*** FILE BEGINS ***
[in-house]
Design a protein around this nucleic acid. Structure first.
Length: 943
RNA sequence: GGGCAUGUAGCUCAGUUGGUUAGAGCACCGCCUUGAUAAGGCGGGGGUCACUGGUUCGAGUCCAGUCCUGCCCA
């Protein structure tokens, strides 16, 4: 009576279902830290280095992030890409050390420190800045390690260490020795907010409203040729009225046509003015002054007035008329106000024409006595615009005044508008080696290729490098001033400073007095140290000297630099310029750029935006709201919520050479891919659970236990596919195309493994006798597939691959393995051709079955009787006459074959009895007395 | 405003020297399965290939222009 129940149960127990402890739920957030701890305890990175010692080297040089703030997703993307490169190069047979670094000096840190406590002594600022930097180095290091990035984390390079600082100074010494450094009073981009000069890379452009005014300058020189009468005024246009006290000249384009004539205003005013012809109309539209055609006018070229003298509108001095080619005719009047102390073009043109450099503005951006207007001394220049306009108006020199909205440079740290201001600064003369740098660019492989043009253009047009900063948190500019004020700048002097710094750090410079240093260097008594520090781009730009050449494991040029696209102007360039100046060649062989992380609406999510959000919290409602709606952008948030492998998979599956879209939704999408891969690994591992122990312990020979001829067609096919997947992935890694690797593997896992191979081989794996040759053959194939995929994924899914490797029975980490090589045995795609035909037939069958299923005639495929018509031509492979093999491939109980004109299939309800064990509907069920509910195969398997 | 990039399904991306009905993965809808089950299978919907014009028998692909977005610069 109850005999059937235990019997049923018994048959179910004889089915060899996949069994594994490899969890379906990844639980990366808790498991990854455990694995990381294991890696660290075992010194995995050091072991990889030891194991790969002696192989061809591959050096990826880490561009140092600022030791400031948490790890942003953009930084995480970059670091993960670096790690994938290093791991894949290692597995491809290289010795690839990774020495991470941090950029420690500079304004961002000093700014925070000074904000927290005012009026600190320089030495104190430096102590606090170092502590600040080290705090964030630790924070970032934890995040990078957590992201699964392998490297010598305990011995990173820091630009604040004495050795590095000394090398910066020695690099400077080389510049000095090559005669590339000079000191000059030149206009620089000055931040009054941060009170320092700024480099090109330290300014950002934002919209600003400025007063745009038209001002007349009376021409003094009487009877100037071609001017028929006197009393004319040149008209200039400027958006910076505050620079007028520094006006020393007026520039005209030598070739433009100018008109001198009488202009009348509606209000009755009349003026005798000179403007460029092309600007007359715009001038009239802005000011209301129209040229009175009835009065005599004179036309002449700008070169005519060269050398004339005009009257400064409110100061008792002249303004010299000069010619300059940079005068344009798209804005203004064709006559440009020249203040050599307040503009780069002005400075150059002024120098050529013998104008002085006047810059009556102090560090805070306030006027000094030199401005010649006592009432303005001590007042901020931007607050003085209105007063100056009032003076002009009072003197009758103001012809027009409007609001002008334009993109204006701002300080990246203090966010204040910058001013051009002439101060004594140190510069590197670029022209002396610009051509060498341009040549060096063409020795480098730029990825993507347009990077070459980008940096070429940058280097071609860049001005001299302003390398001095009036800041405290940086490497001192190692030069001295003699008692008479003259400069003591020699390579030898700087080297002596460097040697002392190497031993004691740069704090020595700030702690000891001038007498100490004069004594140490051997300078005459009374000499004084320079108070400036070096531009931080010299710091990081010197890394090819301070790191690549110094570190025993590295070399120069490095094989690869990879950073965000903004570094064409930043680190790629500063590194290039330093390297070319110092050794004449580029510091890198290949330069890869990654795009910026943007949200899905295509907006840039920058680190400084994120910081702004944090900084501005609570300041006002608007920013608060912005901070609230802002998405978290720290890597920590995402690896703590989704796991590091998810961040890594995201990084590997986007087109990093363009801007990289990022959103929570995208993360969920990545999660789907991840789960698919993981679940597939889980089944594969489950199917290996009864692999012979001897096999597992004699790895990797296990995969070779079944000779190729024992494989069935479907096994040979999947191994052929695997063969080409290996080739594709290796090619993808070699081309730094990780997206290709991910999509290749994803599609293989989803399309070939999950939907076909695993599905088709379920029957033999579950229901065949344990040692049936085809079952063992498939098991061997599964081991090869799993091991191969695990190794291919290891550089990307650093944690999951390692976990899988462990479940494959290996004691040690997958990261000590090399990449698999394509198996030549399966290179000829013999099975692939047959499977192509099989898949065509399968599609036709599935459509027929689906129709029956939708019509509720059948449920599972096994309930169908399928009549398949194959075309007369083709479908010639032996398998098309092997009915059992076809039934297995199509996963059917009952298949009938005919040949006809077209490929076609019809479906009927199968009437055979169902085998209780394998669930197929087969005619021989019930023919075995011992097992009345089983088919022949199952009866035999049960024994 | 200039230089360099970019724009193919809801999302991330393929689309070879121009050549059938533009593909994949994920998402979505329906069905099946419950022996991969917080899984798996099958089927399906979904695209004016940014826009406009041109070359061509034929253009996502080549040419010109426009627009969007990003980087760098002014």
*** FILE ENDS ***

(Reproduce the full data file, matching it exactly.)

[in-house]
Design a protein around this nucleic acid. Structure first.
Length: 943
RNA sequence: GGGCAUGUAGCUCAGUUGGUUAGAGCACCGCCUUGAUAAGGCGGGGGUCACUGGUUCGAGUCCAGUCCUGCCCA
């Protein structure tokens, strides 16, 4: 009576279902830290280095992030890409050390420190800045390690260490020795907010409203040729009225046509003015002054007035008329106000024409006595615009005044508008080696290729490098001033400073007095140290000297630099310029750029935006709201919520050479891919659970236990596919195309493994006798597939691959393995051709079955009787006459074959009895007395 | 405003020297399965290939222009 129940149960127990402890739920957030701890305890990175010692080297040089703030997703993307490169190069047979670094000096840190406590002594600022930097180095290091990035984390390079600082100074010494450094009073981009000069890379452009005014300058020189009468005024246009006290000249384009004539205003005013012809109309539209055609006018070229003298509108001095080619005719009047102390073009043109450099503005951006207007001394220049306009108006020199909205440079740290201001600064003369740098660019492989043009253009047009900063948190500019004020700048002097710094750090410079240093260097008594520090781009730009050449494991040029696209102007360039100046060649062989992380609406999510959000919290409602709606952008948030492998998979599956879209939704999408891969690994591992122990312990020979001829067609096919997947992935890694690797593997896992191979081989794996040759053959194939995929994924899914490797029975980490090589045995795609035909037939069958299923005639495929018509031509492979093999491939109980004109299939309800064990509907069920509910195969398997 | 990039399904991306009905993965809808089950299978919907014009028998692909977005610069 109850005999059937235990019997049923018994048959179910004889089915060899996949069994594994490899969890379906990844639980990366808790498991990854455990694995990381294991890696660290075992010194995995050091072991990889030891194991790969002696192989061809591959050096990826880490561009140092600022030791400031948490790890942003953009930084995480970059670091993960670096790690994938290093791991894949290692597995491809290289010795690839990774020495991470941090950029420690500079304004961002000093700014925070000074904000927290005012009026600190320089030495104190430096102590606090170092502590600040080290705090964030630790924070970032934890995040990078957590992201699964392998490297010598305990011995990173820091630009604040004495050795590095000394090398910066020695690099400077080389510049000095090559005669590339000079000191000059030149206009620089000055931040009054941060009170320092700024480099090109330290300014950002934002919209600003400025007063745009038209001002007349009376021409003094009487009877100037071609001017028929006197009393004319040149008209200039400027958006910076505050620079007028520094006006020393007026520039005209030598070739433009100018008109001198009488202009009348509606209000009755009349003026005798000179403007460029092309600007007359715009001038009239802005000011209301129209040229009175009835009065005599004179036309002449700008070169005519060269050398004339005009009257400064409110100061008792002249303004010299000069010619300059940079005068344009798209804005203004064709006559440009020249203040050599307040503009780069002005400075150059002024120098050529013998104008002085006047810059009556102090560090805070306030006027000094030199401005010649006592009432303005001590007042901020931007607050003085209105007063100056009032003076002009009072003197009758103001012809027009409007609001002008334009993109204006701002300080990246203090966010204040910058001013051009002439101060004594140190510069590197670029022209002396610009051509060498341009040549060096063409020795480098730029990825993507347009990077070459980008940096070429940058280097071609860049001005001299302003390398001095009036800041405290940086490497001192190692030069001295003699008692008479003259400069003591020699390579030898700087080297002596460097040697002392190497031993004691740069704090020595700030702690000891001038007498100490004069004594140490051997300078005459009374000499004084320079108070400036070096531009931080010299710091990081010197890394090819301070790191690549110094570190025993590295070399120069490095094989690869990879950073965000903004570094064409930043680190790629500063590194290039330093390297070319110092050794004449580029510091890198290949330069890869990654795009910026943007949200899905295509907006840039920058680190400084994120910081702004944090900084501005609570300041006002608007920013608060912005901070609230802002998405978290720290890597920590995402690896703590989704796991590091998810961040890594995201990084590997986007087109990093363009801007990289990022959103929570995208993360969920990545999660789907991840789960698919993981679940597939889980089944594969489950199917290996009864692999012979001897096999597992004699790895990797296990995969070779079944000779190729024992494989069935479907096994040979999947191994052929695997063969080409290996080739594709290796090619993808070699081309730094990780997206290709991910999509290749994803599609293989989803399309070939999950939907076909695993599905088709379920029957033999579950229901065949344990040692049936085809079952063992498939098991061997599964081991090869799993091991191969695990190794291919290891550089990307650093944690999951390692976990899988462990479940494959290996004691040690997958990261000590090399990449698999394509198996030549399966290179000829013999099975692939047959499977192509099989898949065509399968599609036709599935459509027929689906129709029956939708019509509720059948449920599972096994309930169908399928009549398949194959075309007369083709479908010639032996398998098309092997009915059992076809039934297995199509996963059917009952298949009938005919040949006809077209490929076609019809479906009927199968009437055979169902085998209780394998669930197929087969005619021989019930023919075995011992097992009345089983088919022949199952009866035999049960024994 | 200039230089360099970019724009193919809801999302991330393929689309070879121009050549059938533009593909994949994920998402979505329906069905099946419950022996991969917080899984798996099958089927399906979904695209004016940014826009406009041109070359061509034929253009996502080549040419010109426009627009969007990003980087760098002014």